Hindsight makes it seem like Independence Day, July 4, 1945, was a time of wild celebration for Americans. The war in Europe was won, the war in Asia all but won. The United States was unquestionably the most militarily and economically dominant nation in the world. Yet a frightening future beckoned. No one except a select few knew—yet—that the means for forcing a Japanese surrender without an apocalyptic invasion of the home islands were at hand. The Trinity test of the first atomic weapon in the desert of New Mexico remained 12 days away. And even then, a victorious United States faced a world in ruins, an increasingly hostile former ally—the Soviet Union—and the prospect of millions of American servicemen and women returning home. How would they readjust to families and communities? Would they find work, and homes in which to live and restart their lives?
President Harry Truman spent the day cruising on the Potomac River, on FDR’s former presidential yacht USS Potomac, with members of his cabinet, advisors and friends. A note he wrote to himself afterwards suggested his mood was anything but upbeat. “Down Potomac . . . with [Fred M.] Vinson, [John W.] Snyder, [Samuel I.] Rosenman, Geo. Allen, Steve Early, Charlie Ross, & Matt Connelly,” the president noted. “Discussed Russian & Jap War, Govt. for Germany, Food, fuel & transportation for Europe, Sterling Block, etc. Don’t feel happy over situation.”
His note continued: “I have to decide Japanese strategy—shall we invade Japan proper or shall we bomb and blockade? That is my hardest decision to date. But I’ll make it when I have all the facts.”
“So you see,” he concluded, “we talk about more than ‘Cabbages & Kings and Sealing wax and things.’”
Snyder, Rosenman, and Allen later wrote for the president a memorandum summarizing these and other issues to be discussed at the upcoming Potsdam Conference. After a long list of priorities, they concluded ironically: “In other words, we think that as a well known Missouri horse trader, the American people expect you to bring something home to them.”
No pressure at all!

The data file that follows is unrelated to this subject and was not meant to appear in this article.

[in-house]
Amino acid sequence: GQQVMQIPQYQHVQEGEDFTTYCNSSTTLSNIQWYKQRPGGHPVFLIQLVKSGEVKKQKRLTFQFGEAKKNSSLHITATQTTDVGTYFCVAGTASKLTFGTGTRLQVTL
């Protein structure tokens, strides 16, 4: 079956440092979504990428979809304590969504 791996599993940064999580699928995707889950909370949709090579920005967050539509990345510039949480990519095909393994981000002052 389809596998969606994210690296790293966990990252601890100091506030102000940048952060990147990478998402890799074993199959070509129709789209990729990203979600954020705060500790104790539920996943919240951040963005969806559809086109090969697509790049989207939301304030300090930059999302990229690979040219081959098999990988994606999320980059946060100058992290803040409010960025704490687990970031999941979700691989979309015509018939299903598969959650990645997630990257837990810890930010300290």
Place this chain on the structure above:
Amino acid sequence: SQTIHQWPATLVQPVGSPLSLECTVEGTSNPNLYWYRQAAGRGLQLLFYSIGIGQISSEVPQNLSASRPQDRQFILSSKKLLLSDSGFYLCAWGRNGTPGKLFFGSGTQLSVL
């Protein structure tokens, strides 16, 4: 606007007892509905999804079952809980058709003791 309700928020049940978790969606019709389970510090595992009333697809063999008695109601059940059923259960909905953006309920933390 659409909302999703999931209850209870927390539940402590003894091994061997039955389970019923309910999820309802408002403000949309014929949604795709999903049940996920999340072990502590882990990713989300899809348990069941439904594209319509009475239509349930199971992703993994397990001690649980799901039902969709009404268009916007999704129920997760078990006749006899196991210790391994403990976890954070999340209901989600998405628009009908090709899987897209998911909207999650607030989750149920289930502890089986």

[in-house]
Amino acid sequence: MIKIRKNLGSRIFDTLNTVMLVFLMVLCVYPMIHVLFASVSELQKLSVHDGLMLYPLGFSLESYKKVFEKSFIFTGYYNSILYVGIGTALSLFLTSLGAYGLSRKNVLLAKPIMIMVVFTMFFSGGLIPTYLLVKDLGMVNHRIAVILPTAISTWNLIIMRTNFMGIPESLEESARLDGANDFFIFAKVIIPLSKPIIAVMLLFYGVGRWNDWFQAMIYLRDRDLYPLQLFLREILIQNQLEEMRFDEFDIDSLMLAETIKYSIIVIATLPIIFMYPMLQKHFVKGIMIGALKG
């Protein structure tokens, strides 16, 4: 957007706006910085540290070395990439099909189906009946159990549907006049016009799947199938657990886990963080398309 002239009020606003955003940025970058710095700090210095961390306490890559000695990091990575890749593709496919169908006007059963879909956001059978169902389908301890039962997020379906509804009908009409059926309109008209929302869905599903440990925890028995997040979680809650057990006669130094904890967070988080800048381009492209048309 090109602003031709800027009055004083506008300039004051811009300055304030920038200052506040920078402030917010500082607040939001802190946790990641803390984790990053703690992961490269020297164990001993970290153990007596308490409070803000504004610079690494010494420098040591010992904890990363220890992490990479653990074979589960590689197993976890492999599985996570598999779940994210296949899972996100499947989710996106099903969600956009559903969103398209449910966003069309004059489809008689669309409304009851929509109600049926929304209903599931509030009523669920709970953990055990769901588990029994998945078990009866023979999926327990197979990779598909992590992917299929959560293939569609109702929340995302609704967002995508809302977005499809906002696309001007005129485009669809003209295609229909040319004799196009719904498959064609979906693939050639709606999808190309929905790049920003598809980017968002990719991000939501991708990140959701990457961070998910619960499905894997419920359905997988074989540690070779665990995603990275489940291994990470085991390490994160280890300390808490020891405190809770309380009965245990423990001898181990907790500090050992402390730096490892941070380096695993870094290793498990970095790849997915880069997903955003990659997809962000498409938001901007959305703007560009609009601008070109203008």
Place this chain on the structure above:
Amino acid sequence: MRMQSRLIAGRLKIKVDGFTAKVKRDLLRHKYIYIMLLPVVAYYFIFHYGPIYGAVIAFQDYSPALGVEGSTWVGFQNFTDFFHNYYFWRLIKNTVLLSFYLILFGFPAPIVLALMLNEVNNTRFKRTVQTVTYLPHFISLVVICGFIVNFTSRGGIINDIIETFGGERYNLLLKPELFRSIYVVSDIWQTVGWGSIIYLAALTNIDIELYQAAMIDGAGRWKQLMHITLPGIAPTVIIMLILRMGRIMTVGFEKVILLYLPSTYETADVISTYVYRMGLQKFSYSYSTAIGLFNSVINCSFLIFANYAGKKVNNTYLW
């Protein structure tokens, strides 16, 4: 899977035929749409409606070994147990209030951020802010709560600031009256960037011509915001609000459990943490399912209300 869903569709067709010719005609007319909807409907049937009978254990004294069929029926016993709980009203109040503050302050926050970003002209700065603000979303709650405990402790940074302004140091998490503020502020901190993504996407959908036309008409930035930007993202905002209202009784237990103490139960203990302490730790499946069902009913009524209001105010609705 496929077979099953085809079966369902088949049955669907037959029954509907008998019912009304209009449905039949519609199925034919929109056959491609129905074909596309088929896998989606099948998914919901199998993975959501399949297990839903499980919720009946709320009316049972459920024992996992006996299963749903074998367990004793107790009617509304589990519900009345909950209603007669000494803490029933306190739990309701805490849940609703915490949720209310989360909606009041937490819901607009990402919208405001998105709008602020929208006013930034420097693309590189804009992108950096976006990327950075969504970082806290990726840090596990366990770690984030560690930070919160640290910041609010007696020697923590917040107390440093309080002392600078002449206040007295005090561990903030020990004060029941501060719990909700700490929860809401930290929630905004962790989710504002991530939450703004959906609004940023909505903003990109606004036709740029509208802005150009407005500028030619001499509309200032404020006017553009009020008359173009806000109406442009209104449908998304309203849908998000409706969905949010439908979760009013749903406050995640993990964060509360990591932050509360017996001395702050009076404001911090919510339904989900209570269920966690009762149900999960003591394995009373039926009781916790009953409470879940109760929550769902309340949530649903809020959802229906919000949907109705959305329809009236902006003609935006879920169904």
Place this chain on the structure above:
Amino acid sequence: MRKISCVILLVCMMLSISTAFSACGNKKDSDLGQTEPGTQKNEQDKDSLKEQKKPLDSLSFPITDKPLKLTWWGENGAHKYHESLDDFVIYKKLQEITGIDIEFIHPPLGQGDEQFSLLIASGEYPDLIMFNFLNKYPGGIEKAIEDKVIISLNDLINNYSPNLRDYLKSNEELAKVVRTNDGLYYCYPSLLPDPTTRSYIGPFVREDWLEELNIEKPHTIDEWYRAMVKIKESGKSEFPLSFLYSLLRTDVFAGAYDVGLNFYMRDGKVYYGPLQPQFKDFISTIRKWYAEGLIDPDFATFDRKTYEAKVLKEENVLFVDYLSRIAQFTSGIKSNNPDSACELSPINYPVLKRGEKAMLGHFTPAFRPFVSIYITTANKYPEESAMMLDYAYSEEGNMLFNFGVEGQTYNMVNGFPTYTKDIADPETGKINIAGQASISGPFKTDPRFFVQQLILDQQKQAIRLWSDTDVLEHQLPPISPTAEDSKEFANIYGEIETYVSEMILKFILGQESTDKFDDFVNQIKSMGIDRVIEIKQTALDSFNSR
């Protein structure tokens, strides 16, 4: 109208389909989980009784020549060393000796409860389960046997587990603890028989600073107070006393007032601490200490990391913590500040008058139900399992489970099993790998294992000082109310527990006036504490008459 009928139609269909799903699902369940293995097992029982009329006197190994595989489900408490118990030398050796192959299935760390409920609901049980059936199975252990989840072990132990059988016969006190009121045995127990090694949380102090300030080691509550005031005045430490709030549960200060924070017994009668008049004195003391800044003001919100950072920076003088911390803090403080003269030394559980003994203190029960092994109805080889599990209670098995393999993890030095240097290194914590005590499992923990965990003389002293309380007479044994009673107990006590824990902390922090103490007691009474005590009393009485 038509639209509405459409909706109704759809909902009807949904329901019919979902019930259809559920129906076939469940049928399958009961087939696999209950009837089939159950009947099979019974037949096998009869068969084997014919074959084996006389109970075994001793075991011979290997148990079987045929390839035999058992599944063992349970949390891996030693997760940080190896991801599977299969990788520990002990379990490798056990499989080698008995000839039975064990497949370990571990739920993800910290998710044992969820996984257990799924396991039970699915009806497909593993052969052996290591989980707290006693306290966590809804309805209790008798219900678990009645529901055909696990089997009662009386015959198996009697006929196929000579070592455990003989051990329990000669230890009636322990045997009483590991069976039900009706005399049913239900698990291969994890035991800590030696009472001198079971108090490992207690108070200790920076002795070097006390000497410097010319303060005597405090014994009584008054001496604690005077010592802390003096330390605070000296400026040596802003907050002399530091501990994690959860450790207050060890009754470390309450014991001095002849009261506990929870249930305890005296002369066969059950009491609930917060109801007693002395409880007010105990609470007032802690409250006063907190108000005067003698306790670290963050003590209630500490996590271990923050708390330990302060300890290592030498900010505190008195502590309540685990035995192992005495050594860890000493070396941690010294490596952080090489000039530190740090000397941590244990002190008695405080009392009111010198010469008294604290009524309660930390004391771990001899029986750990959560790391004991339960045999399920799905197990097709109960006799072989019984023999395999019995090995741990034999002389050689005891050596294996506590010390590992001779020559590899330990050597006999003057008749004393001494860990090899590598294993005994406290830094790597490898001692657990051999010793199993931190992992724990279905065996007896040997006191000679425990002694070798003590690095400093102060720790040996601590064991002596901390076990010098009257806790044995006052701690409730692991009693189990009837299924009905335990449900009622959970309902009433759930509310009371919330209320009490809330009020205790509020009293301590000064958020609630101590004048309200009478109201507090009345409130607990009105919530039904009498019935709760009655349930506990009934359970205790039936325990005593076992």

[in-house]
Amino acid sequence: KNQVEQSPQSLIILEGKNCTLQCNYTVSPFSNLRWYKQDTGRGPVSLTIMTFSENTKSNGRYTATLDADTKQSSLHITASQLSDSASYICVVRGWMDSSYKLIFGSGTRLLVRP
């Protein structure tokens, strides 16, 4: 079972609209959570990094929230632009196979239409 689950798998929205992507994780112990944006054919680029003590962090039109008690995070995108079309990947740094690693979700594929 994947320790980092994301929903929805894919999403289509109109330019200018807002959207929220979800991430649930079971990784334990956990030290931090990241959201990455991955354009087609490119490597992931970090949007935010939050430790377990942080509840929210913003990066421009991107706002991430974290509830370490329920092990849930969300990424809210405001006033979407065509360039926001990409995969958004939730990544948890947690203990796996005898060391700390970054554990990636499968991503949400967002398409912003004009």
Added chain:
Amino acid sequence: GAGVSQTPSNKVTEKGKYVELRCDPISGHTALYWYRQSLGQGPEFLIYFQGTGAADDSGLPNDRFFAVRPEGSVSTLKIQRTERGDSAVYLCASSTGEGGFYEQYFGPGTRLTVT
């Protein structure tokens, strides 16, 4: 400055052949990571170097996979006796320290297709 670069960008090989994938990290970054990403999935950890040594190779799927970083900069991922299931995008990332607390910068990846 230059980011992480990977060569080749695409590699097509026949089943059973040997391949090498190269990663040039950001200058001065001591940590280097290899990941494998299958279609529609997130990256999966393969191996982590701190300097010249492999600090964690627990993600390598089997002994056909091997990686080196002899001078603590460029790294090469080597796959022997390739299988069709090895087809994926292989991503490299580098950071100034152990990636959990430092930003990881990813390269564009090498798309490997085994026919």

Challenging as were the tasks facing him, Truman understood that his first duty was to the American people; and on Independence Day, they would expect a message from him. In keeping with his personality, the message—which American men, women, and children at home read in their morning newspaper as they prepared for backyard barbecues; and American servicemen read or heard as they wondered about their futures—was direct and to the point. It read:
“Again this year we celebrate July Fourth as the anniversary of the day one hundred and sixty-nine years ago on which we declared our independence as a sovereign people.
In this year of 1945, we have pride in the combined might of this nation which has contributed signally to the defeat of the enemy in Europe. We have confidence that, under Providence, we soon may crush the enemy in the Pacific. We have humility for the guidance that has been given us of God in serving His will as a leader of freedom for the world.
This year, the men and women of our armed forces, and many civilians as well, are celebrating the anniversary of American Independence in other countries throughout the world. Citizens of these other lands will understand what we celebrate and why, for freedom is dear to the hearts of all men everywhere. In other lands, others will join us in honoring our declaration that all men are created equal and are endowed with certain inalienable rights—life, liberty, and the pursuit of happiness."
“Here at home, on this July 4, 1945, let us honor our Nation’s creed of liberty, and the men and women of our armed forces who are carrying this creed with them throughout the world.”
President Harry Truman
This article is part of an ongoing series commemorating the 75th anniversary of the end of World War II made possible by Bank of America.